The potential for a change in battery chemistry from lithium-ion to lithium-sulfur could help. A massive switch does not appear to be underway. The big change in EV battery technology – a move to solid state lithium batteries – appears to have been pushed out to 2030 or beyond, versus the prior expectation that it would arrive in the early 2020s. Now, battery research firms are focusing on how EV manufacturers may need to become involved in the procurement of battery raw materials, as well as completely revamping their supply chains to lower their cost.
The real challenge will be in the battery raw material procurement. A chart from Benchmark’s webinar shows what the limitation is for EVs. It is raw materials. In the firm’s forecast for 34 million EVs in 2030, it is expected that there will be sufficient lithium-ion battery manufacturing capacity to produce 43 million EVs. The challenge is that lithium supply will only meet the needs of 19 million EVs, while cobalt will only be able to supply 17.9 million EVs. Those limitations equate to roughly a 45% supply shortage.
One can certainly ask many questions about how investors will perceive EV manufacturers getting involved in mining operations to ensure adequate availability of raw materials for batteries. Or, will the EV manufacturers figure they will just leave this endeavor to battery suppliers? Who has the capital available for such new ventures? What are the geopolitical risks, depending on where new supply sources are found? Will the new supplies improve, or complicate the existing raw materials supply chains? Will we be held hostage to foreign suppliers? What are the ESG issues associated with mining rare earth minerals? There is the possibility of another potential supply source, that being recycling old EV batteries, although such efforts are currently uneconomic.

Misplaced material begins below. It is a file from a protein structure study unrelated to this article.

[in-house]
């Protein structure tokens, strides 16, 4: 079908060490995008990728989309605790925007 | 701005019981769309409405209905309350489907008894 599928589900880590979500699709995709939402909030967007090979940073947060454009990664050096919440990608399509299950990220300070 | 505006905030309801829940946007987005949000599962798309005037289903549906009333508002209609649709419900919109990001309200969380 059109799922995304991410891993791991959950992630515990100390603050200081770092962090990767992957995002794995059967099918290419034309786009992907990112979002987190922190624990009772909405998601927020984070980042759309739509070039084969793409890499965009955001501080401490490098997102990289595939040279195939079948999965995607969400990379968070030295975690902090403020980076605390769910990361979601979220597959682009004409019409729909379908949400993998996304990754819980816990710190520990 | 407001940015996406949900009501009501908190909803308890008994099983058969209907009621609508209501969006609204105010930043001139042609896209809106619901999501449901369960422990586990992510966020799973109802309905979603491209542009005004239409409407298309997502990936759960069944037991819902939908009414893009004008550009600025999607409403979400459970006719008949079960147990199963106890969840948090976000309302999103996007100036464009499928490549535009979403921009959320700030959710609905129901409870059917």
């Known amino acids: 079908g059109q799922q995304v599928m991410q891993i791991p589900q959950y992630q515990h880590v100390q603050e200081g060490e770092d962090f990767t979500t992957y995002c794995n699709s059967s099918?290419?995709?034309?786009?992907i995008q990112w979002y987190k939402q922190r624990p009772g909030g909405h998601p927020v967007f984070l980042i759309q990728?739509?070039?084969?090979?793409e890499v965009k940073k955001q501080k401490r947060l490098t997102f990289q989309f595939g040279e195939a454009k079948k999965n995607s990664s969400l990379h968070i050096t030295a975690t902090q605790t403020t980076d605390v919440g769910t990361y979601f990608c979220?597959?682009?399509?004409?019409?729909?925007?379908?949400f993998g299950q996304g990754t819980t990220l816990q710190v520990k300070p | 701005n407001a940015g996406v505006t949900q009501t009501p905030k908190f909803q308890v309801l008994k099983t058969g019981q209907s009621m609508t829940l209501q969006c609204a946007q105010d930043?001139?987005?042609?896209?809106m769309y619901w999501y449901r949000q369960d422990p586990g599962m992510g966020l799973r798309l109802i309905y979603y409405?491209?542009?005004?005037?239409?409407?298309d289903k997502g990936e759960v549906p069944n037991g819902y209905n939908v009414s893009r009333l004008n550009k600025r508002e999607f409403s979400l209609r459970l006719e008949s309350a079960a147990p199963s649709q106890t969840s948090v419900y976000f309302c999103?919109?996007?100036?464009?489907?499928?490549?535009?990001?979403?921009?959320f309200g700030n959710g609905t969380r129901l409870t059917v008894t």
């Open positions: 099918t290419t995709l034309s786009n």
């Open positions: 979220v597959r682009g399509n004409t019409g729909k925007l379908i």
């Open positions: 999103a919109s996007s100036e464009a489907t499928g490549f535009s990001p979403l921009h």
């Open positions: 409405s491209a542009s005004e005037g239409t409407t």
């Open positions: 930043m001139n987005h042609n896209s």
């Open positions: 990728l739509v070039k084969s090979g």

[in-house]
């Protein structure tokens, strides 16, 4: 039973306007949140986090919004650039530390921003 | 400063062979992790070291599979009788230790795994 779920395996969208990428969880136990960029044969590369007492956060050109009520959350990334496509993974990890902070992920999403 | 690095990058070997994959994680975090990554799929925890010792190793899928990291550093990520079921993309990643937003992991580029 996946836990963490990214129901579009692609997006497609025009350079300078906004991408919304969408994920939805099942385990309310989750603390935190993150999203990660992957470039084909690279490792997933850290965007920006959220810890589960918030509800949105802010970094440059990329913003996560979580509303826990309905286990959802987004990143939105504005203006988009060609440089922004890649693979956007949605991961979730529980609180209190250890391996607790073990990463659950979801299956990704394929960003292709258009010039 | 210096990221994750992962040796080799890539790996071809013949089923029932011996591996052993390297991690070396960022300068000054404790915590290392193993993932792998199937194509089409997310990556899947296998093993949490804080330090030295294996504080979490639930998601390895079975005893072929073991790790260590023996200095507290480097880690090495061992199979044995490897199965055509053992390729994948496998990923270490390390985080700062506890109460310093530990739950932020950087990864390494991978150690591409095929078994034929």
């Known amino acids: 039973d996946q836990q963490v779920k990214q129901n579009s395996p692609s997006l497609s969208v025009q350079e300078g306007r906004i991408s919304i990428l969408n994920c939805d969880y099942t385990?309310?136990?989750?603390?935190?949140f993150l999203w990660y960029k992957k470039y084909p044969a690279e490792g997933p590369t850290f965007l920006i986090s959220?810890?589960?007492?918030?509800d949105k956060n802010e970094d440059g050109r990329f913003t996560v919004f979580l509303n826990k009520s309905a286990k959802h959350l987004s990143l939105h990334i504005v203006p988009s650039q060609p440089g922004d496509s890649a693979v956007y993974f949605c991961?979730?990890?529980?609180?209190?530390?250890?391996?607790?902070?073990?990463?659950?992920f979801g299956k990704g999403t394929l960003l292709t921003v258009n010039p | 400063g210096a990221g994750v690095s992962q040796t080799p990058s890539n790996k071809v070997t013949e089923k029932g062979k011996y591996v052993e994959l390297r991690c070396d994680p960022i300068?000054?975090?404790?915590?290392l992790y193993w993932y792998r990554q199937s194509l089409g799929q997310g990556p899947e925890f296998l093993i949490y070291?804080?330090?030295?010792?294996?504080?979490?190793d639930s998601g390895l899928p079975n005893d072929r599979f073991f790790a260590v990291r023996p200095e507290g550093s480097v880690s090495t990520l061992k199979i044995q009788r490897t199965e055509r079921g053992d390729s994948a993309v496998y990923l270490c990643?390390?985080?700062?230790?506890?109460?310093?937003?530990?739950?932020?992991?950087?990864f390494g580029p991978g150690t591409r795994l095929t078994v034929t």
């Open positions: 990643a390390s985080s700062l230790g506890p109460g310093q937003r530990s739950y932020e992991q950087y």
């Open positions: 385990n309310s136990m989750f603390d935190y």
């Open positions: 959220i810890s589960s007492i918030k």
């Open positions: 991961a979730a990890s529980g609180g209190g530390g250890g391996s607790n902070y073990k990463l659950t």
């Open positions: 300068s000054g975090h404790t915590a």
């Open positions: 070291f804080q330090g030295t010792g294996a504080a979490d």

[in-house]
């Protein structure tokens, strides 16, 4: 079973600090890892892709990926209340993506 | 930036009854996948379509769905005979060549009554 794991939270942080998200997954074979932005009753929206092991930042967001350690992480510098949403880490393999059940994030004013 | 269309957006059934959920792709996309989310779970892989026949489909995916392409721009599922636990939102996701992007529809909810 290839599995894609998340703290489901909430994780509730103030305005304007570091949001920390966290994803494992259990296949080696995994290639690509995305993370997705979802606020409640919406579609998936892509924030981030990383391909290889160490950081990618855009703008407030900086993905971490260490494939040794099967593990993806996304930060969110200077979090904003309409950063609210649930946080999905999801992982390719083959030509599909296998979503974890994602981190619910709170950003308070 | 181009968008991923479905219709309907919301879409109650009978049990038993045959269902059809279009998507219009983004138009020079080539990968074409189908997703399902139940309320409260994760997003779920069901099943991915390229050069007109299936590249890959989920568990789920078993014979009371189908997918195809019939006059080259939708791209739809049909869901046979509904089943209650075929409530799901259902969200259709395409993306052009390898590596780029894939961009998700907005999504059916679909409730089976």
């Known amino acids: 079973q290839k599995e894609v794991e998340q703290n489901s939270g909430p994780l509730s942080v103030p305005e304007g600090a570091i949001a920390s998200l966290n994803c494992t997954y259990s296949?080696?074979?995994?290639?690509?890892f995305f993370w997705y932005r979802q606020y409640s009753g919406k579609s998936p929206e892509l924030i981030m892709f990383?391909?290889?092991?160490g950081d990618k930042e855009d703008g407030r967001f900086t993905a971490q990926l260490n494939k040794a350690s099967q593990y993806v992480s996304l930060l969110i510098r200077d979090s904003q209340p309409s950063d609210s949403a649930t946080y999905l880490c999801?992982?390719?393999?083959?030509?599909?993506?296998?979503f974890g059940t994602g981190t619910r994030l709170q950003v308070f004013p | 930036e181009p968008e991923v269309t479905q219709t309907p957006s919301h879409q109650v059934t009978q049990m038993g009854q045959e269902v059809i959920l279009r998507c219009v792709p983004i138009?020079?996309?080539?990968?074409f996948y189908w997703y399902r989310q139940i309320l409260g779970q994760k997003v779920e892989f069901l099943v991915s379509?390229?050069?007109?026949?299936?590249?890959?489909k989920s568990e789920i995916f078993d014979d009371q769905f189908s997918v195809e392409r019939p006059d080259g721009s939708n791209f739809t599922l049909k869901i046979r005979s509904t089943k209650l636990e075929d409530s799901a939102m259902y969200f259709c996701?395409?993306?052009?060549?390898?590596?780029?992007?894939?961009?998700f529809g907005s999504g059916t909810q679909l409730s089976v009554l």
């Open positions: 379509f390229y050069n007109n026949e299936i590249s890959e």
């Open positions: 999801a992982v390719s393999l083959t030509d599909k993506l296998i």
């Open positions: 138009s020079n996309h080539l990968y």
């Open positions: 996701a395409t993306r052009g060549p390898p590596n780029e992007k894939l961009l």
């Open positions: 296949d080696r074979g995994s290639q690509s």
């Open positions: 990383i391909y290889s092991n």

A link to the full report is posted in the Subscriber's Area.
A number of the newest battery chemistries do not use cobalt. That is particularly true of the batteries Tesla is producing for its Chinese manufactured cars. The bubble in cobalt prices which peaked in 2018 alerted all manufacturers to the risk represented by supply inelasticity. The technological edge they have since developed means the metal will no longer be required to manufacture batteries or the use case will be substantially reduced. It’s a great example of the adage from the commodity markets that “the cure for high prices is high prices”.